Next week, a small army of tech journalists will descend on San Francisco for the annual Apple worldwide developers conference, or WWDC. Apple typically uses the event to roll out a new product or two – last year, for instance, it was OS X Lion and iCloud. Tickets for the 2012 WWDC are already sold out, although Apple has promised to post video from the keynote, a small consolation for diehard fans.
So hey, what does Apple have on tap this year? Almost certainly a rejiggered line of laptops. For months, rumors have swirled around a revamped version of the MacBook Pro, which hasn't seen a significant aesthetic overhaul for years. Signs point to a more svelte machine, with a high-resolution "retina display," and a next-generation processor. And over at CNET, Scott Stein, for one, says it's high time for a new MacBook.
"I own a 2008 MacBook at home: unibody, the first one, an aluminum 13-incher back when it wasn't called a 'Pro.' Place it side-by-side next to one of last year's 13-inch MacBook Pros, and you couldn't tell the difference," Stein writes. "Yes, the performance and battery life have improved, but cosmetically, it's time for Apple's laptop hardware to see some design changes."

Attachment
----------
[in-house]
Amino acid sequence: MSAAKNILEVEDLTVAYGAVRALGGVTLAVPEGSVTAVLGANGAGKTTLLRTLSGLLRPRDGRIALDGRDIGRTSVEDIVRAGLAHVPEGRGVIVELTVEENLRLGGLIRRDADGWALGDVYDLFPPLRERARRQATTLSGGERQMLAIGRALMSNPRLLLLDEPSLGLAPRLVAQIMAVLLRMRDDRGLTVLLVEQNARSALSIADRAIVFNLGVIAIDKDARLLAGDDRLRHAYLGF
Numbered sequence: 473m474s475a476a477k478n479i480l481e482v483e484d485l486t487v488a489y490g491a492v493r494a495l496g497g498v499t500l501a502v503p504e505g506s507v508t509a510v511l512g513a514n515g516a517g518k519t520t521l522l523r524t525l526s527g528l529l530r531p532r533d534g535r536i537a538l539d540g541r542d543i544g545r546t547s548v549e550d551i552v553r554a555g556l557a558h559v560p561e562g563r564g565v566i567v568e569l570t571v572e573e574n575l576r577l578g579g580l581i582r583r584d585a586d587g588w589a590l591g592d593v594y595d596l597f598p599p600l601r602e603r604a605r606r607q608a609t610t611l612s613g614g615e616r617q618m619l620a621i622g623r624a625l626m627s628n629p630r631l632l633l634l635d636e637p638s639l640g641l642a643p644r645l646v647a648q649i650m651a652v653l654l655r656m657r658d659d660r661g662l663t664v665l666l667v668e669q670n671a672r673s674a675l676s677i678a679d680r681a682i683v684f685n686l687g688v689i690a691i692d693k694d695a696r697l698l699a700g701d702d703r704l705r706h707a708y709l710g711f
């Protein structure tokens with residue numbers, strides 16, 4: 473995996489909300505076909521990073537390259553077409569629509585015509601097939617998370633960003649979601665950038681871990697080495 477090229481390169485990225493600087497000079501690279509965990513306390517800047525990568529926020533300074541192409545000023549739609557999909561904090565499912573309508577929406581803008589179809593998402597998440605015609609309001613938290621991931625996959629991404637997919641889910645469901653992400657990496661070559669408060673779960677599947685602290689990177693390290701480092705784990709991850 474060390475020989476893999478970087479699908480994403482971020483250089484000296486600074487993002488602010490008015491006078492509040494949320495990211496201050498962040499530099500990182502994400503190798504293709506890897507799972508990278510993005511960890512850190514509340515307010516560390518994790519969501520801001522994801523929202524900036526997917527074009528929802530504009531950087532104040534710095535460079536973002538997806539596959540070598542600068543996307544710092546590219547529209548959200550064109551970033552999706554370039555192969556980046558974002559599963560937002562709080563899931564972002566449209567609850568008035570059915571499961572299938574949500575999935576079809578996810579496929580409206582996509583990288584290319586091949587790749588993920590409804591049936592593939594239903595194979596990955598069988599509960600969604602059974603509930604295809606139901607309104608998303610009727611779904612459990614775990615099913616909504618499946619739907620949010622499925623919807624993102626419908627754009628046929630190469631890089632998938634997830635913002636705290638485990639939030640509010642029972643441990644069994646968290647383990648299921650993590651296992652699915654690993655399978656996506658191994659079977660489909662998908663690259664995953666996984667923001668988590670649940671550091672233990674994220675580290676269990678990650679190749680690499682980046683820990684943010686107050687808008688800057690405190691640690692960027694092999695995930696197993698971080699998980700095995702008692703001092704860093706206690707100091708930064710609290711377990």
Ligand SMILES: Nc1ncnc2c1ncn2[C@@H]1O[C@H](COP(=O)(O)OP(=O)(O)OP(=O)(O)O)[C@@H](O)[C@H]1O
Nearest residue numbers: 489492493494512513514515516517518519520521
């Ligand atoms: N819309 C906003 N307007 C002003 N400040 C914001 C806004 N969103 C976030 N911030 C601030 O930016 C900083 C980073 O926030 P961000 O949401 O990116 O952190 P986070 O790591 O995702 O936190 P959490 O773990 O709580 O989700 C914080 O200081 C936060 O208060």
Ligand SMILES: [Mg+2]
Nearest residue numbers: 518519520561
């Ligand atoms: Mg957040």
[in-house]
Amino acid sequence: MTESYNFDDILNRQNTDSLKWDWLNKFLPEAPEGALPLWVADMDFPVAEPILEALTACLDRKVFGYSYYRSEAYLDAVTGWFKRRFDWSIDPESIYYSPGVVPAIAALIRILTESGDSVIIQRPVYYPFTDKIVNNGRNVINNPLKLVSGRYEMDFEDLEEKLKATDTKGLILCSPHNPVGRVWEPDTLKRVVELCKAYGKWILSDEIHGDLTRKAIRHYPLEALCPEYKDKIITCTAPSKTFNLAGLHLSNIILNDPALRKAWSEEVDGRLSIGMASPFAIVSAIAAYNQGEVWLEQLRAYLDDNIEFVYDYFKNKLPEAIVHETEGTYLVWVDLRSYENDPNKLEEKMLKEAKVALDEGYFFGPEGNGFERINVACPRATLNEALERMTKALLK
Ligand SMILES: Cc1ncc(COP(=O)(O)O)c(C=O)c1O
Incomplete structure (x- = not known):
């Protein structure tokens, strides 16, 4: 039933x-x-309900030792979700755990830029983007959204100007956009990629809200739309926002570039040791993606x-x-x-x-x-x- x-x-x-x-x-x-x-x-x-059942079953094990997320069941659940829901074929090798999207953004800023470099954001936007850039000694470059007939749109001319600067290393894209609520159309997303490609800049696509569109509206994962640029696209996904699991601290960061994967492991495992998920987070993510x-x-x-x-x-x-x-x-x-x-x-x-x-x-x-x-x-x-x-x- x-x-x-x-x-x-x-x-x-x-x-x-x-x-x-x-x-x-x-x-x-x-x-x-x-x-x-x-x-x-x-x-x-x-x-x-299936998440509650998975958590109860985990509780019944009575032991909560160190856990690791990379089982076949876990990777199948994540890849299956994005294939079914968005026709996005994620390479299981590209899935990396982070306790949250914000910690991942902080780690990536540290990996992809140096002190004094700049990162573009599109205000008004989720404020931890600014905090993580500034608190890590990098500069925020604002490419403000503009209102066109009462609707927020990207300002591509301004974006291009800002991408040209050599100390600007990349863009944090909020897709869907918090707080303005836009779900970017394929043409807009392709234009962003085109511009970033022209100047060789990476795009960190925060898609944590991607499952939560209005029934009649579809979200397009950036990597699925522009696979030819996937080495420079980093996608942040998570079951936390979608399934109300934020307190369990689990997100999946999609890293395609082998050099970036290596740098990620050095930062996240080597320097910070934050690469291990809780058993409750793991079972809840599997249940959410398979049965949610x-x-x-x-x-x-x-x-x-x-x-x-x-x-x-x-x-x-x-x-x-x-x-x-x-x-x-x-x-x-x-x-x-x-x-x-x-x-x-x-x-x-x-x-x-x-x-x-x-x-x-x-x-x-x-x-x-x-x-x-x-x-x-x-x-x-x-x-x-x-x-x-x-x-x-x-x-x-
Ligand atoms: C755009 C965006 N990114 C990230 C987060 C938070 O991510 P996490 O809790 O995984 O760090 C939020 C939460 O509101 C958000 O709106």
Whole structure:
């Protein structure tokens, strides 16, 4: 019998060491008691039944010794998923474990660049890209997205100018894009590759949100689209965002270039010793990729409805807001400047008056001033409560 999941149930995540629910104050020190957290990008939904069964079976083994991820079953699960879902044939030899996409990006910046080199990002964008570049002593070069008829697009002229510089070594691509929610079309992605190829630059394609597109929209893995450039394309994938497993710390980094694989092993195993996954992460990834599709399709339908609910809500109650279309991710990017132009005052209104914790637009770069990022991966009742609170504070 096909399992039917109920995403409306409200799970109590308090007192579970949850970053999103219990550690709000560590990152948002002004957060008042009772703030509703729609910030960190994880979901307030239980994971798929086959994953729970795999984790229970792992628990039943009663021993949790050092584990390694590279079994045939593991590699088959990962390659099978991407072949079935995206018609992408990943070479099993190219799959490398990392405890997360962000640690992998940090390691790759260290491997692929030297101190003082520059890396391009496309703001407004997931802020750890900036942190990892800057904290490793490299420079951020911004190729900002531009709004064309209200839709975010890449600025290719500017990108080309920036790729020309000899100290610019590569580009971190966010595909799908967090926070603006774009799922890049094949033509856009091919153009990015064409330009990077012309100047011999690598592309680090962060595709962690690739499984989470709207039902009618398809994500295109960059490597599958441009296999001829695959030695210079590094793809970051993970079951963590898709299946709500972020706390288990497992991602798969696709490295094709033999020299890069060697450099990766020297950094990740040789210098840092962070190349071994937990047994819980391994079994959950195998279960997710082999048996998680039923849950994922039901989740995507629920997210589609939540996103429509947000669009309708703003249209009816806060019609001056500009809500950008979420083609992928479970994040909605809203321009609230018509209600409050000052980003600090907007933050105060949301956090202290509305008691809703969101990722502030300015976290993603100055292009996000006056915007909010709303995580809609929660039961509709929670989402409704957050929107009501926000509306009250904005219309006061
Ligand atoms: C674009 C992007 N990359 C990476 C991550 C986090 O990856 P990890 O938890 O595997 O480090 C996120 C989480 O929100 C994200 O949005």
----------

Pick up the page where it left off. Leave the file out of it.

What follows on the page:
Of course, it's possible that Apple will introduce not only a new MacBook Pro, but a new MacBook Air, to boot. The team at Laptop Magazine speculates that a new Air would likely pack the retina display, a new Intel Ivy Bridge processor, and an even more streamlined shape.
"Although the Air is already the best-designed ultraportable we’ve used – and Apple now has a patent on the shape – we wouldn’t be surprised to see the company shrink the footprint of the Air by minimizing the bezel and the area around the keyboard, similar to the Dell XPS 13," staffers at the magazine write. "The idea: squeeze a 13-inch notebook into a 12-inch chassis."
Another possibility: More Siri. Horizons readers will remember that Tim Cook, CEO of Apple, recently promised that Apple would "double down" on Siri. Cook also hinted at the future "breadth" of Siri – a hint that Apple is looking to expand the purview of the voice-activated personal assistant.
"Apple's Siri voice assistant is available exclusively on the iPhone 4S," notes Thomas Claburn of Information Week. "That's likely to change, if only because Apple wouldn't have invested in speech recognition as a single product's differentiating feature. Apple sees strategic value in voice input – not just because it messes with Google's search revenue stream –and can be expected to make it more widely available sooner or later."
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